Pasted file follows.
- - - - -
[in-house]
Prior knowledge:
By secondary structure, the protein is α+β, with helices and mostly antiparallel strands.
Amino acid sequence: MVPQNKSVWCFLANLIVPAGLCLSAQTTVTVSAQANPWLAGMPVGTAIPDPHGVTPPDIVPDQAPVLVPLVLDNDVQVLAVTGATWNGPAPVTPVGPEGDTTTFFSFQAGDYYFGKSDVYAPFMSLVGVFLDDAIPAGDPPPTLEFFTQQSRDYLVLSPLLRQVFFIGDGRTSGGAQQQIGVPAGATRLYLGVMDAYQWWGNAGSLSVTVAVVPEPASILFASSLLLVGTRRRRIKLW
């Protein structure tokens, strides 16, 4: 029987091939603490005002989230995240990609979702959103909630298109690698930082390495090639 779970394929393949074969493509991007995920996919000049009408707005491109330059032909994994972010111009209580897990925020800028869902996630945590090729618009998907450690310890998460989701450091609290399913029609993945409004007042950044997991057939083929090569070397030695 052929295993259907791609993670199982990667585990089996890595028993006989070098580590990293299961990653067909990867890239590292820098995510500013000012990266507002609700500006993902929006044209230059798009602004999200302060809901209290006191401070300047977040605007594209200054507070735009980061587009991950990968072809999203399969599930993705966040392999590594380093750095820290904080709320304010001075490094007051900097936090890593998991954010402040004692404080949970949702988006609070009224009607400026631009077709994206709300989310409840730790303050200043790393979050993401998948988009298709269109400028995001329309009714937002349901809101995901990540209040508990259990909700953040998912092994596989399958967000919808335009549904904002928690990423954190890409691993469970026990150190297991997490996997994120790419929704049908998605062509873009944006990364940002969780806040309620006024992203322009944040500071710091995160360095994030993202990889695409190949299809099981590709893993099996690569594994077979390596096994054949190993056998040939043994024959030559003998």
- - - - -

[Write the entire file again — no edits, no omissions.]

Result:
[in-house]
Prior knowledge:
By secondary structure, the protein is α+β, with helices and mostly antiparallel strands.
Amino acid sequence: MVPQNKSVWCFLANLIVPAGLCLSAQTTVTVSAQANPWLAGMPVGTAIPDPHGVTPPDIVPDQAPVLVPLVLDNDVQVLAVTGATWNGPAPVTPVGPEGDTTTFFSFQAGDYYFGKSDVYAPFMSLVGVFLDDAIPAGDPPPTLEFFTQQSRDYLVLSPLLRQVFFIGDGRTSGGAQQQIGVPAGATRLYLGVMDAYQWWGNAGSLSVTVAVVPEPASILFASSLLLVGTRRRRIKLW
């Protein structure tokens, strides 16, 4: 029987091939603490005002989230995240990609979702959103909630298109690698930082390495090639 779970394929393949074969493509991007995920996919000049009408707005491109330059032909994994972010111009209580897990925020800028869902996630945590090729618009998907450690310890998460989701450091609290399913029609993945409004007042950044997991057939083929090569070397030695 052929295993259907791609993670199982990667585990089996890595028993006989070098580590990293299961990653067909990867890239590292820098995510500013000012990266507002609700500006993902929006044209230059798009602004999200302060809901209290006191401070300047977040605007594209200054507070735009980061587009991950990968072809999203399969599930993705966040392999590594380093750095820290904080709320304010001075490094007051900097936090890593998991954010402040004692404080949970949702988006609070009224009607400026631009077709994206709300989310409840730790303050200043790393979050993401998948988009298709269109400028995001329309009714937002349901809101995901990540209040508990259990909700953040998912092994596989399958967000919808335009549904904002928690990423954190890409691993469970026990150190297991997490996997994120790419929704049908998605062509873009944006990364940002969780806040309620006024992203322009944040500071710091995160360095994030993202990889695409190949299809099981590709893993099996690569594994077979390596096994054949190993056998040939043994024959030559003998």